Storm brings Atlanta to a halt

Storm+brings+Atlanta+to+a+halt

BEN GRAY

To Cincinnatians, three inches of snow doesn’t mean much other than a snowday. But in Atlanta, it can gridlock the whole city.

On January 28th, three inches of snow hit the Georgia city and caused major traffic jams and shut down all highways. Forecasters had predicted an unusual blizzard to hit the south, but schools and offices had decided to stay open. Later in the day, though, offices started to let people go home early just as schools were finishing classes. This large amount of people on the highways and the snow led to this gridlock.

Many drivers reported that it took them fourteen to twenty-two hours to get home. Some people slept in their cars; others decided to head home on foot. The Georgia National Guard delivered food to people stranded in their cars. One woman even gave birth with the help of her husband and a police officer.

Mayor Kasim Reed tweeted that morning that his city was “ready for the snow.” But he was wrong, as crews worked well into the afternoon of January 29th to remove the snow from the streets. Both he and Georgia Governor Nathan Deal are under heavy criticism over this mishandling of the snow. Deal, who is up for re-election later this year, said he will “take whatever blame comes my way.” However, he did say that if he had told schools and businesses to close too early and there was less snow than expected, he would have faced critics complaining about his decision.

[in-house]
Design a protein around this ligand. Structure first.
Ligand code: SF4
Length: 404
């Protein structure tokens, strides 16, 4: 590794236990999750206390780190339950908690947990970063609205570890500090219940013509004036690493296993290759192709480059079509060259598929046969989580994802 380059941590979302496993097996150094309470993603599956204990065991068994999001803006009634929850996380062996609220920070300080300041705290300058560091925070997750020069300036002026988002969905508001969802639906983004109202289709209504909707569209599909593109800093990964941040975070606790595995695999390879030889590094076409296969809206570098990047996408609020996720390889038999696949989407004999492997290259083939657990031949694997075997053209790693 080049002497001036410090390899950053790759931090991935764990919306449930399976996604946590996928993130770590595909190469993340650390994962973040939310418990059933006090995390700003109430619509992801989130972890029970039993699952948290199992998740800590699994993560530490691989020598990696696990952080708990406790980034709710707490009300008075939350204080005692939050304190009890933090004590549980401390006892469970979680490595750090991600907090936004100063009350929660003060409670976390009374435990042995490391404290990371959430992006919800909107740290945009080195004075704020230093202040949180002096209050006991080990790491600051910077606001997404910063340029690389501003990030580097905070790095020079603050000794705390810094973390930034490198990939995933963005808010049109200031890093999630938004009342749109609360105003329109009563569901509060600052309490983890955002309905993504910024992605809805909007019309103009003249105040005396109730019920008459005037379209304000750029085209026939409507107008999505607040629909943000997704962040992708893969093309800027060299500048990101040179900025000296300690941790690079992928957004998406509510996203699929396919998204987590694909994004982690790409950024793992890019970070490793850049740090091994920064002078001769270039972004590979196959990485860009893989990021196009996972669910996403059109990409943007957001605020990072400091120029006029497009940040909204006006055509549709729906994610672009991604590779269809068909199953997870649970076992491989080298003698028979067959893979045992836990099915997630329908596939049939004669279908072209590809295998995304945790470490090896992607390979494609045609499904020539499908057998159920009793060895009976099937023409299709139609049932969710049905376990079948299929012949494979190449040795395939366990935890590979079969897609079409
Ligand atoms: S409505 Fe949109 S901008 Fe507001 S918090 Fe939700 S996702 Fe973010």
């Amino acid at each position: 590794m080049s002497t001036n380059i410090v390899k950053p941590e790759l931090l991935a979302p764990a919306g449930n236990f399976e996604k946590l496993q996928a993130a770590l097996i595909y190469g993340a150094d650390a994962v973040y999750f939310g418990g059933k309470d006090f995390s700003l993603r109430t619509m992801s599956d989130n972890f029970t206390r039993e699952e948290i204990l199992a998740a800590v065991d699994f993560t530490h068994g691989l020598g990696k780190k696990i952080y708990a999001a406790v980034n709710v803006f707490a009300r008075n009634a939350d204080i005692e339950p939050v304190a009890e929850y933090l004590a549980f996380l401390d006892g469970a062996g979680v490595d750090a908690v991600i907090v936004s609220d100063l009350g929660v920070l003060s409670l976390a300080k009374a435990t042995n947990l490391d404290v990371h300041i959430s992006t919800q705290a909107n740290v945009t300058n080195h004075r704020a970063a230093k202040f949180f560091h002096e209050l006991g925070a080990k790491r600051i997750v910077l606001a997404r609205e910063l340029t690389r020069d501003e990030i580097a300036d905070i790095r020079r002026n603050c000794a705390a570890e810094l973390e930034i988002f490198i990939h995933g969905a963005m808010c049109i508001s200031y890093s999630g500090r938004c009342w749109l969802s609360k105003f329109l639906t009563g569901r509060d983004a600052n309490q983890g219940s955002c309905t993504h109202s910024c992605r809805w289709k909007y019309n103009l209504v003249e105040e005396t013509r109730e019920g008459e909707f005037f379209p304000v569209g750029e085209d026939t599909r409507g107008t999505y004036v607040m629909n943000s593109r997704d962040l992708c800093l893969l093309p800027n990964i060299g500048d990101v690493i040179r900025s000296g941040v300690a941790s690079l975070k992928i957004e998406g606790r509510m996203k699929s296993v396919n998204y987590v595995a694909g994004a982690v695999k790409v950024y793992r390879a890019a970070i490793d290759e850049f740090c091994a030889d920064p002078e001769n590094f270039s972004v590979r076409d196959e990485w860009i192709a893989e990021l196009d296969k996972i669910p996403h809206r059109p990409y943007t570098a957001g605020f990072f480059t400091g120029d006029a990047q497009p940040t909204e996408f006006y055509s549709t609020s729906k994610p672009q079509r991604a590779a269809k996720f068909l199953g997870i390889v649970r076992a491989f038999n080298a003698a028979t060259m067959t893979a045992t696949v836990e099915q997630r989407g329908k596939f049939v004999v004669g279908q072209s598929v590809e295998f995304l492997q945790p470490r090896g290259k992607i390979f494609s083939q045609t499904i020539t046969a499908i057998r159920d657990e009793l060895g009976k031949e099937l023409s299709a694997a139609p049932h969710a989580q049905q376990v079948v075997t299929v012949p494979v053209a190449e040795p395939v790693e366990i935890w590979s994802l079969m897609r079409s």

The city residents swiftly looked for someone to blame for this mess. At the top of the list was Mayor Reed, who accepted full responsibility for all of the accusations that have been put upon him. Number two on the list were the schools who decided to have regular classes despite knowing that inclement weather was upon them. Last on the list was the City of Atlanta itself for not notifying workers that they should pre-treat the roads with salt, much like Cincinnati and many other northern cities in the United States.

The outlandish traffic on the highways and streets caused many people to think about why the city of Atlanta doesn’t have any kind of alternate transportation systems. Many people believe that Atlanta, the 40th largest city in America, had more alternative transportation then the whole situation could have been avoided in the first place.

The ordeal in Atlanta can be seen from a comical perspective in our point of view, but the seriousness of the matter is that people who were needed were stuck in the snow for hours. Children were abandoned and the elderly were in need of medicine that only their caretakers could provide for them. It was a situation that could have been avoided, and surely will be avoided in the future.